The following is a press release from the Massachusetts Attorney General’s Office:
BOSTON – Massachusetts Attorney General Maura Healey has secured more than $2 million in a settlement with auto manufacturer General Motors Company (GM) over allegations the company concealed safety issues related to ignition-switch-related defects in its vehicles.
The funds are part of a $120 million multistate settlement by the attorneys general of 49 states and the District of Columbia that resolves a multistate investigation into GM’s failure to timely disclose known safety defects in several models of their vehicles.
“Our investigation revealed that GM concealed auto safety defects that put people’s lives at risk,” said AG Healey. “We are pleased to have reached a national settlement to resolve these issues and protect the public.”
In 2014, GM issued seven vehicle recalls in response to unintended key-rotation-related and/or ignition-switch-related issues, which have affected more than nine million vehicles in the U.S. The recalls involved a defective ignition switch which, under certain conditions, could move out of the “Run” position to the “Accessory” or “Off” position.
If this occurs, the driver experiences a loss of electrical systems, including power steering and power brakes. If a collision occurs while the ignition switch is in the “Accessory” or “Off” position, the vehicle’s safety airbags may also fail to deploy, increasing the risk of serious injury or death in certain types of crashes.
The states allege that certain GM employees knew as early as 2004 that the ignition switch posed a safety defect because it could prevent airbags from inflating. However, despite this knowledge, GM personnel decided it was not a safety concern and delayed making recalls. GM continued to market the reliability and safety of its motor vehicles that were equipped with this defective ignition switch.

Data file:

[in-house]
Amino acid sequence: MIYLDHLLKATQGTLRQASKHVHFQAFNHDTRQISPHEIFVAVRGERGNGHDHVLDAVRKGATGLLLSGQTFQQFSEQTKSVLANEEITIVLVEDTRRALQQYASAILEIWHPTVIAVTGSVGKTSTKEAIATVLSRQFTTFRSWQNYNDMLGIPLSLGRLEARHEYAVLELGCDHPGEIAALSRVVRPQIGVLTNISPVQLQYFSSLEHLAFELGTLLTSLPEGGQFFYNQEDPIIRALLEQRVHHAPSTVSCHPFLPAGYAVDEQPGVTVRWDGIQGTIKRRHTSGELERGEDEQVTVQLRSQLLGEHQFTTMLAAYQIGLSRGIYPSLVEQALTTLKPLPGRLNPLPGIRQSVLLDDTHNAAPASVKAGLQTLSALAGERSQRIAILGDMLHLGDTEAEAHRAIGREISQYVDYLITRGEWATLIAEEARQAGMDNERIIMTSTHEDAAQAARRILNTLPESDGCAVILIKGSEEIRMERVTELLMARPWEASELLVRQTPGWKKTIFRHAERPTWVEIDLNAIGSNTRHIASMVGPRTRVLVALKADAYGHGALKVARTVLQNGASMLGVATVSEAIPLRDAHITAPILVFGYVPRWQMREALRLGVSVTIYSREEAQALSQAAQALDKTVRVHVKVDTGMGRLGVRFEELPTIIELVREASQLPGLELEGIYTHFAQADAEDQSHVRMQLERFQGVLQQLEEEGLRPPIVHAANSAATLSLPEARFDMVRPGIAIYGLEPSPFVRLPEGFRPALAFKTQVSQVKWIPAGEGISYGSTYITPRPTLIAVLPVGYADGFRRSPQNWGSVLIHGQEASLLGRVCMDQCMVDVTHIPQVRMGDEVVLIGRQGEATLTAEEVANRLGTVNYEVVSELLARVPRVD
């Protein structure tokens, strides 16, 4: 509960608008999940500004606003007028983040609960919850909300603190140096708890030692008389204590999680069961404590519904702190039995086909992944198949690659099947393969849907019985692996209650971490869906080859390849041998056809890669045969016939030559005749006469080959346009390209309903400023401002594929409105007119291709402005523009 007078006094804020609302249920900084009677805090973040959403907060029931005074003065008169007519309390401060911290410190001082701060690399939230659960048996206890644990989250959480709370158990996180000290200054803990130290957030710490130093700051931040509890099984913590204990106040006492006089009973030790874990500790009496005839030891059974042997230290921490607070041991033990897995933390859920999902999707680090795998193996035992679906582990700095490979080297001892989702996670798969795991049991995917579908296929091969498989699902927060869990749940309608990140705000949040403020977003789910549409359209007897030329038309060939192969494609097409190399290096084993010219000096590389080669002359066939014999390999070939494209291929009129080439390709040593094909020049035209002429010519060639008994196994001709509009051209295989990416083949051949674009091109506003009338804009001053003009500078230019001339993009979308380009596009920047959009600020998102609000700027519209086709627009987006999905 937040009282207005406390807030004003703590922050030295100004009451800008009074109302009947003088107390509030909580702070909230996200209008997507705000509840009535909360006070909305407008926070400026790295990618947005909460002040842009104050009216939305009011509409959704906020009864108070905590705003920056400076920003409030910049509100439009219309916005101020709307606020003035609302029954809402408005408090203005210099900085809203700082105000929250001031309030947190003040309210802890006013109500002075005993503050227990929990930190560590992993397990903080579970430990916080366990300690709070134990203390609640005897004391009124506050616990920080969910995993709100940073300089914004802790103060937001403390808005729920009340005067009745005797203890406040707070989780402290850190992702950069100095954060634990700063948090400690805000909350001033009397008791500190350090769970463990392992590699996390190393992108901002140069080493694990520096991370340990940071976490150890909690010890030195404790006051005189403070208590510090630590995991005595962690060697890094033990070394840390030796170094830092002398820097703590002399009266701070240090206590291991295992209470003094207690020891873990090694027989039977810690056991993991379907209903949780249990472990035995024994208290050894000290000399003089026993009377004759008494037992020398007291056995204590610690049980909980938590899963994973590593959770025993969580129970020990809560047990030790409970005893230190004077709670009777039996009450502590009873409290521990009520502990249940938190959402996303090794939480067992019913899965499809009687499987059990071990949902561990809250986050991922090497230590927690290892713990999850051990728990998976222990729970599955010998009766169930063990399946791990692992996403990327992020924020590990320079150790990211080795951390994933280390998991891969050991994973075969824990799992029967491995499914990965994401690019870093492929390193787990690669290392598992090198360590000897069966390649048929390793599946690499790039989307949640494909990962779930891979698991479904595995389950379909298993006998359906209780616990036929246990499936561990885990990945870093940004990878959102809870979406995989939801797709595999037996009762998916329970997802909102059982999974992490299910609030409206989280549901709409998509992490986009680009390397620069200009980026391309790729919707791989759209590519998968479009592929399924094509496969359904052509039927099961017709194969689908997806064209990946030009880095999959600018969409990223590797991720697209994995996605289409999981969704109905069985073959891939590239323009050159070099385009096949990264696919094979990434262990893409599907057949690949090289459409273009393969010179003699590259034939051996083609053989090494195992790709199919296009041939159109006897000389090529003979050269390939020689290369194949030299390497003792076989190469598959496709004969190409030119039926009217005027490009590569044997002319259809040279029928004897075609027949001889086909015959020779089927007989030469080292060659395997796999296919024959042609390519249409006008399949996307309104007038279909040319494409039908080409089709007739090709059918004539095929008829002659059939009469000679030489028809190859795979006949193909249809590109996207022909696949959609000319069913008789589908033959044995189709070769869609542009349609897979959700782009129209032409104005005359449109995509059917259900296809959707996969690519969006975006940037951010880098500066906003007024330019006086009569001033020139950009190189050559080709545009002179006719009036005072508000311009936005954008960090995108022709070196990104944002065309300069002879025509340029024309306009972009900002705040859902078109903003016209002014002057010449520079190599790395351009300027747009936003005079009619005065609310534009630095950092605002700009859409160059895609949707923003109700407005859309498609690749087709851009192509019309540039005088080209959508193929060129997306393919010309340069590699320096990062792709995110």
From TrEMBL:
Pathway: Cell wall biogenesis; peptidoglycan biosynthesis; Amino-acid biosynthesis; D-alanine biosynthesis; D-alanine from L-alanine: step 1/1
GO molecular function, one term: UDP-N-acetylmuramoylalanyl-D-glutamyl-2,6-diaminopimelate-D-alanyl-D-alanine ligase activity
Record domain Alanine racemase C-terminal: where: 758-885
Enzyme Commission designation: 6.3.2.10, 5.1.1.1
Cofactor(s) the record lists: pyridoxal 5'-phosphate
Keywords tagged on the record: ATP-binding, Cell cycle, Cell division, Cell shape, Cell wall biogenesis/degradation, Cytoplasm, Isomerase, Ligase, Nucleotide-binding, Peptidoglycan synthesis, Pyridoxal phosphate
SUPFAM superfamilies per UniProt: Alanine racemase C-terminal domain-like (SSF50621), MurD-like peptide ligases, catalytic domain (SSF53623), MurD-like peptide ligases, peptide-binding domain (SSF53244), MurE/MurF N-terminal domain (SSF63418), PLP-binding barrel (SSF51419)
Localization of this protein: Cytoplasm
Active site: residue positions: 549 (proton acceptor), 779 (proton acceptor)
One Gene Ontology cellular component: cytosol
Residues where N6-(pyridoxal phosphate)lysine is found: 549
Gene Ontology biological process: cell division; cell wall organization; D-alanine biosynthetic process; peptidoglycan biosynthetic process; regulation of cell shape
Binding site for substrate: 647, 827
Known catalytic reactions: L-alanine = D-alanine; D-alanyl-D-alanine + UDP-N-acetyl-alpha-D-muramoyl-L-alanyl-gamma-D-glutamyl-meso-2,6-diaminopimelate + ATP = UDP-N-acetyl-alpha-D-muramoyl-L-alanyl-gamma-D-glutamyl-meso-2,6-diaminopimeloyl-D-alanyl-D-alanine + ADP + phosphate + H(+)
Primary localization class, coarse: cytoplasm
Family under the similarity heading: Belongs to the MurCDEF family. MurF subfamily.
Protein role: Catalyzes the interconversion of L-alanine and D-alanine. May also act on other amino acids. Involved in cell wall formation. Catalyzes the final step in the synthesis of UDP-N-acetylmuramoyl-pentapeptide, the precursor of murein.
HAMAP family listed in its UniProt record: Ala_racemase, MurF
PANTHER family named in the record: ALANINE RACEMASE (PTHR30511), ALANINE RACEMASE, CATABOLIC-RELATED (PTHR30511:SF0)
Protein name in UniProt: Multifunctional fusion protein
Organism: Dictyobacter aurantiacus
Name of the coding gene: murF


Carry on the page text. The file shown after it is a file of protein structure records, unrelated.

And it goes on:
AG Healey’s Office alleges that these actions were unfair and deceptive and that GM violated state consumer protection laws.
Under a consent judgment filed in Suffolk Superior Court and subject to approval and entry by the court, GM is prohibited from representing that a motor vehicle is “safe” unless they have complied with the Federal Motor Vehicle Safety standards applicable to the motor vehicle at issue.
GM is also prohibited from certifying pre-owned vehicles that GM advertises are safe, have been repaired for safety issues, or have been subject to rigorous inspection, unless the vehicles are not subject to any open recalls relating to safety or have been repaired pursuant to such a recall.
The settlement requires GM to instruct its dealers that all applicable recall repairs must be completed before any GM motor vehicle that is included in a recall and sold in the U.S. is eligible for certification.
If there is a recall on any certified pre-owned vehicle sold in the U.S., the required repair must be completed before the vehicle is delivered to a customer.
GM also agreed to pay the participating attorneys general a total of $120 million, of which Massachusetts will receive a total of $ $2,122,942.79. Half of the settlement money will go to the General Fund and half to the AG’s Local Consumer Aid Fund, which funds the office’s Local Consumer Programs and Face-to-Face Mediation programs.
To date, GM has paid out hundreds of millions in consumer restitution through various class action settlements and through the Feinberg Fund, set up to provide payments to individuals injured or families of those killed as a result of the defect.
In Massachusetts, Assistant Attorneys General Samantha Shusterman and Lisa Dyen, of AG Healey’s Consumer Protection Division, handled this matter.
The multi-state was led by Ohio, South Carolina, Connecticut, Florida, Maryland, Michigan, New Jersey, Pennsylvania, and Texas and also includes Alabama, Alaska, Arkansas, California, Colorado, Delaware, District of Columbia, Georgia, Hawaii, Idaho, Illinois, Indiana, Iowa, Kansas, Kentucky, Louisiana, Maine, Massachusetts, Minnesota, Mississippi, Missouri, Montana, Nebraska, Nevada, New Hampshire, New Mexico, New York, North Carolina, North Dakota, Oklahoma, Oregon, Rhode Island, South Dakota, Tennessee, Utah, Vermont, Virginia, Washington, West Virginia, Wisconsin and Wyoming.